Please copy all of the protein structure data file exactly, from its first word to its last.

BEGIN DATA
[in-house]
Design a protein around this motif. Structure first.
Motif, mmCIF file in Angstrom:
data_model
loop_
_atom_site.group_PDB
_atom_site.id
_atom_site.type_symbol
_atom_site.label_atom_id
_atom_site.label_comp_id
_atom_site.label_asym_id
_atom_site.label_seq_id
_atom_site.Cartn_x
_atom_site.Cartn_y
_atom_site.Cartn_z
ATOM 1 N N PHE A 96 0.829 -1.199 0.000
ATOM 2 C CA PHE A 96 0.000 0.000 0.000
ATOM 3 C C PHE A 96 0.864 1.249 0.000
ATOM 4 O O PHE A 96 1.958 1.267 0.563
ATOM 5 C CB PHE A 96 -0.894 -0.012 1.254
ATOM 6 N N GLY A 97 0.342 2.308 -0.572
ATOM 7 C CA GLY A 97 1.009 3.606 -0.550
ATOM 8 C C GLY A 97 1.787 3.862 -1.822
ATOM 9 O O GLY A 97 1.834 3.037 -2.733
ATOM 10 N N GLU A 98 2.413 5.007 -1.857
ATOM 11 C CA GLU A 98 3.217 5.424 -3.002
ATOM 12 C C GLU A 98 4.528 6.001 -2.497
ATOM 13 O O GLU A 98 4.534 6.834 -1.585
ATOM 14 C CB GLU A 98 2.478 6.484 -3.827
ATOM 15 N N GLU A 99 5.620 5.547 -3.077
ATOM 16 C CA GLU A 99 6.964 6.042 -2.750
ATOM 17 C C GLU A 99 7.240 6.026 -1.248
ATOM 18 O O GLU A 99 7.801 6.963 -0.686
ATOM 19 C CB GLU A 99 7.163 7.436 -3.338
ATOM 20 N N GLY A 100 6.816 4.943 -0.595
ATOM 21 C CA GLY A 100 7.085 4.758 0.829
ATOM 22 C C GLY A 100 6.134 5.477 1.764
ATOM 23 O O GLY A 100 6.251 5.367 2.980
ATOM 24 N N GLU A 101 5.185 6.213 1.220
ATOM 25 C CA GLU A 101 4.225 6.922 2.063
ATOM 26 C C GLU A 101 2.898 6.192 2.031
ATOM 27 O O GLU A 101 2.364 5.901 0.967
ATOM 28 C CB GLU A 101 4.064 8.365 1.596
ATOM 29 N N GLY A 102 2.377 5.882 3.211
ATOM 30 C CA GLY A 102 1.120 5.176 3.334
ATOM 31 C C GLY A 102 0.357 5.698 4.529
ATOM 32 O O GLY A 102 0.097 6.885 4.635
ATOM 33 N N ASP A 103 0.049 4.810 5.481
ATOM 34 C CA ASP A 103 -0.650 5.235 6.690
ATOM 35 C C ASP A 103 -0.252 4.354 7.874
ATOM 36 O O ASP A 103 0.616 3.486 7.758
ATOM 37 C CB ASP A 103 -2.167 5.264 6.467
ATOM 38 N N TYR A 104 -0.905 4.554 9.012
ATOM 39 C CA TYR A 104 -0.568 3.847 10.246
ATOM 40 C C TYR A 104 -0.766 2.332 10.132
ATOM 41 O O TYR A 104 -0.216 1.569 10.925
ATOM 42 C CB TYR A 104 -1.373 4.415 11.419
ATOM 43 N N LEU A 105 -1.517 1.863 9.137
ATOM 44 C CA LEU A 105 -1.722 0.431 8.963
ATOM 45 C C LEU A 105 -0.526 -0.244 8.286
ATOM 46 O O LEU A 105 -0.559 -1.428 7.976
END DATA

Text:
[in-house]
Design a protein around this motif. Structure first.
Motif, mmCIF file in Angstrom:
data_model
loop_
_atom_site.group_PDB
_atom_site.id
_atom_site.type_symbol
_atom_site.label_atom_id
_atom_site.label_comp_id
_atom_site.label_asym_id
_atom_site.label_seq_id
_atom_site.Cartn_x
_atom_site.Cartn_y
_atom_site.Cartn_z
ATOM 1 N N PHE A 96 0.829 -1.199 0.000
ATOM 2 C CA PHE A 96 0.000 0.000 0.000
ATOM 3 C C PHE A 96 0.864 1.249 0.000
ATOM 4 O O PHE A 96 1.958 1.267 0.563
ATOM 5 C CB PHE A 96 -0.894 -0.012 1.254
ATOM 6 N N GLY A 97 0.342 2.308 -0.572
ATOM 7 C CA GLY A 97 1.009 3.606 -0.550
ATOM 8 C C GLY A 97 1.787 3.862 -1.822
ATOM 9 O O GLY A 97 1.834 3.037 -2.733
ATOM 10 N N GLU A 98 2.413 5.007 -1.857
ATOM 11 C CA GLU A 98 3.217 5.424 -3.002
ATOM 12 C C GLU A 98 4.528 6.001 -2.497
ATOM 13 O O GLU A 98 4.534 6.834 -1.585
ATOM 14 C CB GLU A 98 2.478 6.484 -3.827
ATOM 15 N N GLU A 99 5.620 5.547 -3.077
ATOM 16 C CA GLU A 99 6.964 6.042 -2.750
ATOM 17 C C GLU A 99 7.240 6.026 -1.248
ATOM 18 O O GLU A 99 7.801 6.963 -0.686
ATOM 19 C CB GLU A 99 7.163 7.436 -3.338
ATOM 20 N N GLY A 100 6.816 4.943 -0.595
ATOM 21 C CA GLY A 100 7.085 4.758 0.829
ATOM 22 C C GLY A 100 6.134 5.477 1.764
ATOM 23 O O GLY A 100 6.251 5.367 2.980
ATOM 24 N N GLU A 101 5.185 6.213 1.220
ATOM 25 C CA GLU A 101 4.225 6.922 2.063
ATOM 26 C C GLU A 101 2.898 6.192 2.031
ATOM 27 O O GLU A 101 2.364 5.901 0.967
ATOM 28 C CB GLU A 101 4.064 8.365 1.596
ATOM 29 N N GLY A 102 2.377 5.882 3.211
ATOM 30 C CA GLY A 102 1.120 5.176 3.334
ATOM 31 C C GLY A 102 0.357 5.698 4.529
ATOM 32 O O GLY A 102 0.097 6.885 4.635
ATOM 33 N N ASP A 103 0.049 4.810 5.481
ATOM 34 C CA ASP A 103 -0.650 5.235 6.690
ATOM 35 C C ASP A 103 -0.252 4.354 7.874
ATOM 36 O O ASP A 103 0.616 3.486 7.758
ATOM 37 C CB ASP A 103 -2.167 5.264 6.467
ATOM 38 N N TYR A 104 -0.905 4.554 9.012
ATOM 39 C CA TYR A 104 -0.568 3.847 10.246
ATOM 40 C C TYR A 104 -0.766 2.332 10.132
ATOM 41 O O TYR A 104 -0.216 1.569 10.925
ATOM 42 C CB TYR A 104 -1.373 4.415 11.419
ATOM 43 N N LEU A 105 -1.517 1.863 9.137
ATOM 44 C CA LEU A 105 -1.722 0.431 8.963
ATOM 45 C C LEU A 105 -0.526 -0.244 8.286
ATOM 46 O O LEU A 105 -0.559 -1.428 7.976